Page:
Archive for April, 2009


In an optimal organization you can find efficient high-performing teams. A good team performance depends on trust, cooperation, communication, and employees’ high level of personal responsibility.

Today’s stressful environment makes nurturing high performing teams one difficult goal. Why? Because growing unemployment is pushing those still employed to work with any personnel there is, not the ones that they choose.

Constant financial insecurity is adding a heavy pressure to the workplace. To survive, individuals resort to defensive strategies such as doubling their productivity, making themselves indispensable; while other employees buckle under stress, get burned out and end up performing below their abilities.

There is still a third group of people who can’t manage their anger at present (or past) situations and find some emotional balance sabotaging their team efforts with passive aggression. When resources are scarce, all competitive behaviors play harder, and non-productive reactions also develop to frustrate the high effective performers.

Why is it important to identify passive aggressive responses as high risk in today’s’ workplace?

Because according to research described in “How Bad Apples Spoil the Barrel (1)” , the worst team member’s performance is the best predictor of how any team performs. It doesn’t seem to matter how great the best member is, or how efficient the leader is, as individuals.

If full group engagement or team cooperation is expected and demanded from everyone, then the person with more difficulties cooperating with others is slowing its performance. It all comes down to what your worst team member behaves like.

And if the team you lead or a part of is not succeeding, now your own career is at risk!

To be able to function as a team member in an effective way, a worker needs to

  • understand clearly what results or deliverables are expected from him;
  • to know clearly whom is he accountable to;
  • what are the skills demanded by the task;
  • display a certain degree of assertion to express his opinions on the required task.

Employees can refuse openly to cooperate because of lack of training, lack of adequate rewards, or any other negative issue related to organizational leadership. What is not acceptable is promising to do some task and then never deliver, or deliver something not according to specs, or so late it’s useless!

A good leader knows that there are straight ways of solving such challenges, if what is needed is more training or time. What is more difficult to address is the contradiction between expressed compliance and negative results.

People promise (make the right noises) and later on there are no measurable results. Sounds disconcerting? Of course it is! And this fake compliance or what has been called “intentional inefficiency” is more usual than expected. According to a recent study of corporate culture conducted by Booz Allen Hamilton, more than 30 percent of the managers, employees and executives surveyed believe they have to work in unhealthy, passive-aggressive organizations.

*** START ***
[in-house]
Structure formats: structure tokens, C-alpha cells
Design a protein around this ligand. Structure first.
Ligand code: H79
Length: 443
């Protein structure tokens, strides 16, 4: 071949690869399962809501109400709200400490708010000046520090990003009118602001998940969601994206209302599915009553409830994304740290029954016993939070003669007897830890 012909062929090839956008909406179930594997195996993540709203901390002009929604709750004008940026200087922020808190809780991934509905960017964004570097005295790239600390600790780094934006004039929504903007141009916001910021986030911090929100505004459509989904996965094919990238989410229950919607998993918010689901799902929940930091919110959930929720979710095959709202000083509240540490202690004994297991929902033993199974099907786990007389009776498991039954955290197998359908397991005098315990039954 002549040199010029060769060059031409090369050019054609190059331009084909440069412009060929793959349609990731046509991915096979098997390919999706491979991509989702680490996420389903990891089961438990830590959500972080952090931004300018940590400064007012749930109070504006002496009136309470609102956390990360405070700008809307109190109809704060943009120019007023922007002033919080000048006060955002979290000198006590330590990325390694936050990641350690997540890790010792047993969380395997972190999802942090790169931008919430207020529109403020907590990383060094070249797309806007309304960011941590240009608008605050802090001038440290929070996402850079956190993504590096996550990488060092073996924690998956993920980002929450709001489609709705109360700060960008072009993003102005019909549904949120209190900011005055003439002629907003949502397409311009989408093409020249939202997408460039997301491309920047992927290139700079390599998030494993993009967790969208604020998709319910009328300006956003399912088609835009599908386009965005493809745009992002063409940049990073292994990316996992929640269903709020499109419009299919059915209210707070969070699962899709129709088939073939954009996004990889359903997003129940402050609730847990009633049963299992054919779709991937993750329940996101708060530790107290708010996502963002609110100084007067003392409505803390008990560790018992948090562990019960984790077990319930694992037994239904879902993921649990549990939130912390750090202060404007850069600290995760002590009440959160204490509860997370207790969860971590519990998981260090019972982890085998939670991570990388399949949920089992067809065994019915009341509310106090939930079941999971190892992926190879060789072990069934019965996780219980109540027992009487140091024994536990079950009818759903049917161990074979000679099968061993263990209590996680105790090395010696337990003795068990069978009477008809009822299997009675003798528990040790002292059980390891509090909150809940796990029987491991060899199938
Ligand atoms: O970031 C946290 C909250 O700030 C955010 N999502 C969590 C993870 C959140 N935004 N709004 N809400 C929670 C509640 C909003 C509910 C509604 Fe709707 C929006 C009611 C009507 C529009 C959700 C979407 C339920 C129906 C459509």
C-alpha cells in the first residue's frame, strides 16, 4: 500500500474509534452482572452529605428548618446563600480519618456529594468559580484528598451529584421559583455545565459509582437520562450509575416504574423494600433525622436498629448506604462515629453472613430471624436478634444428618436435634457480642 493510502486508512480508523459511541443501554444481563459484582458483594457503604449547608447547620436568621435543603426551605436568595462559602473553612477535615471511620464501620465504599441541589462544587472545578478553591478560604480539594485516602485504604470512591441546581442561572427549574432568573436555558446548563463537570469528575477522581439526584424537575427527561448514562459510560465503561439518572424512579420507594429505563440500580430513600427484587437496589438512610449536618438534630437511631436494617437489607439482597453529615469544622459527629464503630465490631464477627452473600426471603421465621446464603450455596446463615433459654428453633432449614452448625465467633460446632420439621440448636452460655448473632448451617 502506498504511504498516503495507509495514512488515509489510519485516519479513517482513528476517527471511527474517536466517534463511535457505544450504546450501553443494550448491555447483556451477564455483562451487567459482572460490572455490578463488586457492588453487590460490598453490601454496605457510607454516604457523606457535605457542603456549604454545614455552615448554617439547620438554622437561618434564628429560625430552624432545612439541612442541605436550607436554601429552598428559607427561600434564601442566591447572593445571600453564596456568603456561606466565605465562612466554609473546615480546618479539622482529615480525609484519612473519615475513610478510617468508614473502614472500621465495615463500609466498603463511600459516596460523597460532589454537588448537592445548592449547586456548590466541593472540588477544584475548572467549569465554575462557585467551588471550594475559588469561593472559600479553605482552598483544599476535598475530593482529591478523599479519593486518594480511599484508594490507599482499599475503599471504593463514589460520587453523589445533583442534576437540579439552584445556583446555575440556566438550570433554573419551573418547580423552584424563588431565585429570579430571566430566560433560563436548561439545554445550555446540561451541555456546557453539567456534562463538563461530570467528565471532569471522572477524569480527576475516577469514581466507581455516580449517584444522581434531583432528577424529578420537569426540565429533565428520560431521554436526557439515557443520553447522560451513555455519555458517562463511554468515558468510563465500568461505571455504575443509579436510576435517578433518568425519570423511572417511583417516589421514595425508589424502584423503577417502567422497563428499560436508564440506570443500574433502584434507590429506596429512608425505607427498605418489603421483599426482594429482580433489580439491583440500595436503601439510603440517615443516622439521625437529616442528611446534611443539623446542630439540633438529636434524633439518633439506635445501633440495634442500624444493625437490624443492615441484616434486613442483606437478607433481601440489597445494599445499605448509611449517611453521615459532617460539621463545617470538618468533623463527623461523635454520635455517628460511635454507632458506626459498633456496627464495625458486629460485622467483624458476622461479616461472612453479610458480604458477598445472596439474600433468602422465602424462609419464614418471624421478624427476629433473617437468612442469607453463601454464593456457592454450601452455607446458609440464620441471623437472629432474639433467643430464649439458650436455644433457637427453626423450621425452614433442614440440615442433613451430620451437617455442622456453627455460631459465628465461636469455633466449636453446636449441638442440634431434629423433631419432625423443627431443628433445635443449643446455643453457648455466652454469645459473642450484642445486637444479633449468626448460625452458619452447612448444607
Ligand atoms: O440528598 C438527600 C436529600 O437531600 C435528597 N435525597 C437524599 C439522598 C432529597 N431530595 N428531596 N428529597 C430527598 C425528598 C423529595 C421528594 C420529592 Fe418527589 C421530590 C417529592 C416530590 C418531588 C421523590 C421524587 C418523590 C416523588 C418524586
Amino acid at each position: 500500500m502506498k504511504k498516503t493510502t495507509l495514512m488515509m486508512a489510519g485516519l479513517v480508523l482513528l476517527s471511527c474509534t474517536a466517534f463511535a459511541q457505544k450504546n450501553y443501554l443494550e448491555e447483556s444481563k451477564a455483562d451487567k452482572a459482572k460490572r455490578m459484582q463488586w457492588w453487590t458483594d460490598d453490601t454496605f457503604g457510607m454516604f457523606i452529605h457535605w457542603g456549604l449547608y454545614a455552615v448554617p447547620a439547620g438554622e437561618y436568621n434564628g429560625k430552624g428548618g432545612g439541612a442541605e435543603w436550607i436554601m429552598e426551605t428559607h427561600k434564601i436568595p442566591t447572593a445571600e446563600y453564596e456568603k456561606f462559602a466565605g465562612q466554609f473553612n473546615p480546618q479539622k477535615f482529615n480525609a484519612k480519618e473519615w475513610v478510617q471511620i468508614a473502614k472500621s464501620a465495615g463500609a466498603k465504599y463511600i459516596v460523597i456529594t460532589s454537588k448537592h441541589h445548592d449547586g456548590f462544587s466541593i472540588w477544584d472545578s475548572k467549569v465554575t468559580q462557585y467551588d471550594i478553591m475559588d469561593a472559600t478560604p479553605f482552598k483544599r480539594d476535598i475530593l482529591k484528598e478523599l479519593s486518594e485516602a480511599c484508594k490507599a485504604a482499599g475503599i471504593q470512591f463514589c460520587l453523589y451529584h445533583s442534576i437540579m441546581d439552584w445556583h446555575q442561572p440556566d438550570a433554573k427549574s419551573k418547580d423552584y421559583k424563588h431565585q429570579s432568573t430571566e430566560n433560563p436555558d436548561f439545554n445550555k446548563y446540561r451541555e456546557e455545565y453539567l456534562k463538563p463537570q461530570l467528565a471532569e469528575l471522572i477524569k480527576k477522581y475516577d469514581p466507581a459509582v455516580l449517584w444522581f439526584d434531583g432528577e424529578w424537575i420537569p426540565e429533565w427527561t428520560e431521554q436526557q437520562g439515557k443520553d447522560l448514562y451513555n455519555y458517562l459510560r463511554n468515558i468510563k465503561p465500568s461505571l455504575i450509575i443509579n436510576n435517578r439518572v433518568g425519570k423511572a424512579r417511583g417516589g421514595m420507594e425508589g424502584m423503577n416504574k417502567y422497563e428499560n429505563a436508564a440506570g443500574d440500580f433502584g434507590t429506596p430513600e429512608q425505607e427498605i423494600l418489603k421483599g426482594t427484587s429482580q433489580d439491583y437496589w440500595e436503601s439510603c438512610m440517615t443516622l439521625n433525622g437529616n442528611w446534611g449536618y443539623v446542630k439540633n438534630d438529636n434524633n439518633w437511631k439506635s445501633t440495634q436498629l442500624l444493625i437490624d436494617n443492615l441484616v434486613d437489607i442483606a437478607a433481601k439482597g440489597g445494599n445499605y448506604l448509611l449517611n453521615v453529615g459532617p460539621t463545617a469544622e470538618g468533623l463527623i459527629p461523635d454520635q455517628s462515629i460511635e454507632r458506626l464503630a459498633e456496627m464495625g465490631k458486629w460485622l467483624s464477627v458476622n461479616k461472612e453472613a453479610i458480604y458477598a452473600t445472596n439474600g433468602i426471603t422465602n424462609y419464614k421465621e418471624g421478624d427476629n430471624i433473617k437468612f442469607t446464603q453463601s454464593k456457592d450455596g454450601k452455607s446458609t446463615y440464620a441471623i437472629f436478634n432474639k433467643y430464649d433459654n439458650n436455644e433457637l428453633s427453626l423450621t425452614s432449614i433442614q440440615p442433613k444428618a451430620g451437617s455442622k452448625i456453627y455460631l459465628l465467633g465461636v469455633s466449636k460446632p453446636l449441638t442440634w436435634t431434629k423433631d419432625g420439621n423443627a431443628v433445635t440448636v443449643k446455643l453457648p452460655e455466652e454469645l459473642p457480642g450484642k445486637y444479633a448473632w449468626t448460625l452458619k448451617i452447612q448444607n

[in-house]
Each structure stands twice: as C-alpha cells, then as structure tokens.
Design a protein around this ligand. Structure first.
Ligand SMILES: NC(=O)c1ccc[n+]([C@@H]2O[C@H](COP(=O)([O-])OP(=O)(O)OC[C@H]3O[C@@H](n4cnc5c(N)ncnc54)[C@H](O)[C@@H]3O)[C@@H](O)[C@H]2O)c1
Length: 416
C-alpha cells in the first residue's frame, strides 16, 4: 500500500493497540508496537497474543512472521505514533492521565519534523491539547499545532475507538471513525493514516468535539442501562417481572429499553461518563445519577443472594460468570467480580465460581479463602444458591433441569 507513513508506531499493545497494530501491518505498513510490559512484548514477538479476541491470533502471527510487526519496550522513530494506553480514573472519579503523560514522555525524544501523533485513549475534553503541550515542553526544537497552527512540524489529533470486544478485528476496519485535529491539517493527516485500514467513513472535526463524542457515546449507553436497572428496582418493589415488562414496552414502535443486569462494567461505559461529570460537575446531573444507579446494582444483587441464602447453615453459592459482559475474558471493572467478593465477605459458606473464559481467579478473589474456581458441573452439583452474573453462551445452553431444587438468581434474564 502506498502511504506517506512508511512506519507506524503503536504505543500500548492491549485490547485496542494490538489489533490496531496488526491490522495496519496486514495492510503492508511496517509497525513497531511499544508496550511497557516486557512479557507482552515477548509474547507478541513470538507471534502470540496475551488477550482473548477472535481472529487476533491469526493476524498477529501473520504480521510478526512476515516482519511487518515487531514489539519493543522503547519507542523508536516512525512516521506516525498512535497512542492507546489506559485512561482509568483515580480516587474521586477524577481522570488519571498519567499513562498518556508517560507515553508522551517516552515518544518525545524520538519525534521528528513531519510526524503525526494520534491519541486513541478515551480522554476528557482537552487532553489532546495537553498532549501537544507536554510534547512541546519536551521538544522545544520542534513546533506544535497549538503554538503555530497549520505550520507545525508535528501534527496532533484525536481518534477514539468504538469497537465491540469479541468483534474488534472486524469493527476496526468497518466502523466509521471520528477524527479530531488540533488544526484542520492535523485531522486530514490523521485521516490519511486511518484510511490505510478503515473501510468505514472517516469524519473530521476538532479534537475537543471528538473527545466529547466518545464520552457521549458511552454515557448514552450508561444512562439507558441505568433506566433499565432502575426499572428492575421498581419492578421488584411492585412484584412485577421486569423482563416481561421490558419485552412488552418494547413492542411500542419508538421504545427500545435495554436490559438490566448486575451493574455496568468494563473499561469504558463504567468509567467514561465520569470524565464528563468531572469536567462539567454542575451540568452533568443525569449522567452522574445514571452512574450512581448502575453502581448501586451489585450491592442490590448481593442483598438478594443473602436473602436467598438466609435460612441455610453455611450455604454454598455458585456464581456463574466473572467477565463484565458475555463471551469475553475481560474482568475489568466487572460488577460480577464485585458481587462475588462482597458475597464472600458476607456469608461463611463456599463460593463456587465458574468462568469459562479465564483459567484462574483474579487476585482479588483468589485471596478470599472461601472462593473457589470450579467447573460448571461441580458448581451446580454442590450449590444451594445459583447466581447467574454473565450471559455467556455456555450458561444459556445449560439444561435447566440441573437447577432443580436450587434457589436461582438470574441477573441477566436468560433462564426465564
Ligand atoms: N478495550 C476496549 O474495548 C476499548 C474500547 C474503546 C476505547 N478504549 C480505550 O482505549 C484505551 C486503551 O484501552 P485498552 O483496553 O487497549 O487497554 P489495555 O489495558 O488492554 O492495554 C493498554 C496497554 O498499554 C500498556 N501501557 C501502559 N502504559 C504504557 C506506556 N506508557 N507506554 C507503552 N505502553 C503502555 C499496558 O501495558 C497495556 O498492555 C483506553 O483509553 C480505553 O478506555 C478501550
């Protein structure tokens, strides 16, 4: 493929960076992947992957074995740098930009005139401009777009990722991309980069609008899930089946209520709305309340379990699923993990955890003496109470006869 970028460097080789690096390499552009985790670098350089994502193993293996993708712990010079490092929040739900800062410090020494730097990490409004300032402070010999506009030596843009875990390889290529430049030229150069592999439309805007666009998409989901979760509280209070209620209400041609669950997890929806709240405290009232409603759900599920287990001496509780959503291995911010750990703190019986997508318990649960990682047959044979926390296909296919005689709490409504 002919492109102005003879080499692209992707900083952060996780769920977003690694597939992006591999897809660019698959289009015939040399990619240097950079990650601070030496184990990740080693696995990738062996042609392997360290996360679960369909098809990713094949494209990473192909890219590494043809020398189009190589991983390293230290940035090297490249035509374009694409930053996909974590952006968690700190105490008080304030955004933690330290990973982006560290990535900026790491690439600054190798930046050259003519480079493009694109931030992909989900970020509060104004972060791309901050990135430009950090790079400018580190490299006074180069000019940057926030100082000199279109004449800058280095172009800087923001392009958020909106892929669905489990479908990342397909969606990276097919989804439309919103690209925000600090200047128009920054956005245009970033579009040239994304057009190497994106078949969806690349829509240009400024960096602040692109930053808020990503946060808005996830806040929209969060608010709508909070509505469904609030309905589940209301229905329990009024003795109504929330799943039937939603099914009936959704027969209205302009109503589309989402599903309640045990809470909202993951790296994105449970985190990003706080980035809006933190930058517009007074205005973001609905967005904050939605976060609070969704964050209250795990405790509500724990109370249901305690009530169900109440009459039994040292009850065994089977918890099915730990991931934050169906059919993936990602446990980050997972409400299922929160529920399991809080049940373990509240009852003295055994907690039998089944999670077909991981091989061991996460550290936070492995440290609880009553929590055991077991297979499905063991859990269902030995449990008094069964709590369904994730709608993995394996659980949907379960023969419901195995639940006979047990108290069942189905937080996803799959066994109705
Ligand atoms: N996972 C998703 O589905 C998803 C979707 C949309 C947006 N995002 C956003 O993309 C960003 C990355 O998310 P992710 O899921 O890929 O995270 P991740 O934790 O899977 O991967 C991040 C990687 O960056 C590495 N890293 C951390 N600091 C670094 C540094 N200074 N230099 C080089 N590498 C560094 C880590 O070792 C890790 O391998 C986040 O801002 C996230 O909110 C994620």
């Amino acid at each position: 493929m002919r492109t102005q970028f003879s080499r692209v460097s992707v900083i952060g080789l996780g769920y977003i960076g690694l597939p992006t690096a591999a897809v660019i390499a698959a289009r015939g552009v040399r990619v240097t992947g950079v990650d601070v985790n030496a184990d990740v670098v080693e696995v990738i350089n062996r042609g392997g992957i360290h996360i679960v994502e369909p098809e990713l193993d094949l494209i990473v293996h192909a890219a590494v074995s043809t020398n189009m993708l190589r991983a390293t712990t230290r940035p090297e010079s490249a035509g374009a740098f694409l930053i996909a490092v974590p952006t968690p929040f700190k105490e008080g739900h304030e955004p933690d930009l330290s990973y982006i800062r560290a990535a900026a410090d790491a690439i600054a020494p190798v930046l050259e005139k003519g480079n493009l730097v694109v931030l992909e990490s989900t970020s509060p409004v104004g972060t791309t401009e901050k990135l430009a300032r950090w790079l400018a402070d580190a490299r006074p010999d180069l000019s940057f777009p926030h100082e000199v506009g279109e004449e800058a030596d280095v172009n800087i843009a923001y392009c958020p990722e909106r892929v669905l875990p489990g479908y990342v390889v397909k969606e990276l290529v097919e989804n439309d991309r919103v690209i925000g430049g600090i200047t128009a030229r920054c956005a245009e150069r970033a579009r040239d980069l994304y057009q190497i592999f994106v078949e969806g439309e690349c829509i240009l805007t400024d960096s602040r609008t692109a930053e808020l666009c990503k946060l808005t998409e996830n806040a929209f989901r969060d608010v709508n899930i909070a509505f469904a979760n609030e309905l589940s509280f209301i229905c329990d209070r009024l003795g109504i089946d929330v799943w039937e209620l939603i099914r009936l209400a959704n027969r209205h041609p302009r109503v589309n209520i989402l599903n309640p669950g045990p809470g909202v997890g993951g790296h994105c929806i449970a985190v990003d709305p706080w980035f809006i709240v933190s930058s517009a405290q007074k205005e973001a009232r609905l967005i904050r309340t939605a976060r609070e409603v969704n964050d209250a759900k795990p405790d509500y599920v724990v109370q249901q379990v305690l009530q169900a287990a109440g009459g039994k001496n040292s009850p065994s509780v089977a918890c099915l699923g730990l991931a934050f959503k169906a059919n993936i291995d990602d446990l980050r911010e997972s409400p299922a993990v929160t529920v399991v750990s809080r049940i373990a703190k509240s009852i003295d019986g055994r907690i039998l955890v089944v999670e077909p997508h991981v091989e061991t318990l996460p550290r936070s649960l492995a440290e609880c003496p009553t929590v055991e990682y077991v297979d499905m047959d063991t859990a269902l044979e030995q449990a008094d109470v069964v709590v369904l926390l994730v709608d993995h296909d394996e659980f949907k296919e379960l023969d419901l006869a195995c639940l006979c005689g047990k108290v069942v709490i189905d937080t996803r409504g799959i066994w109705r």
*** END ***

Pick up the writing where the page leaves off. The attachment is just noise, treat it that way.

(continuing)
Passive-aggressive coworkers are probably the most frustrating and obnoxious people in any workplace.

The worst case of passive-aggressive behavior can involve negative attitudes such as negativity, sullenness, resentment, procrastination, “forgetting” to do something, chronic lateness, and intentional inefficiency.

When it involves promising to do tasks that others rely on, purposefully not getting them done and – and offering some lame excuses later that portray their behavior as non intentional, it can be exasperating for the manager.

In cases where some piece of work is actually done, it may be delivered too late to be useful (e.g., “You needed this for the meeting at nine? I thought you said for the meeting at noon!”), may be performed in a way that makes it useless (e.g., “You wanted the stats for ‘06? I thought you said the stats for ‘96!”), or it may be sabotaged in any other different way.

This generates a team or workgroup paranoid climate, because workers need to be always in the look out for “backstabbing behavior,” so they can defend themselves and preserve the quality of their own work.

We need to understand that this kind of passive-aggressive behavior means a challenge to any managers’ ability to achieve project goals, because of team’s tasks never delivered in time or quality, or general sabotaging of the team’s productivity.

Of course, there can be passive aggressive bosses also, a severe workplace scourge that can force any employee to leave his job to preserve his sanity.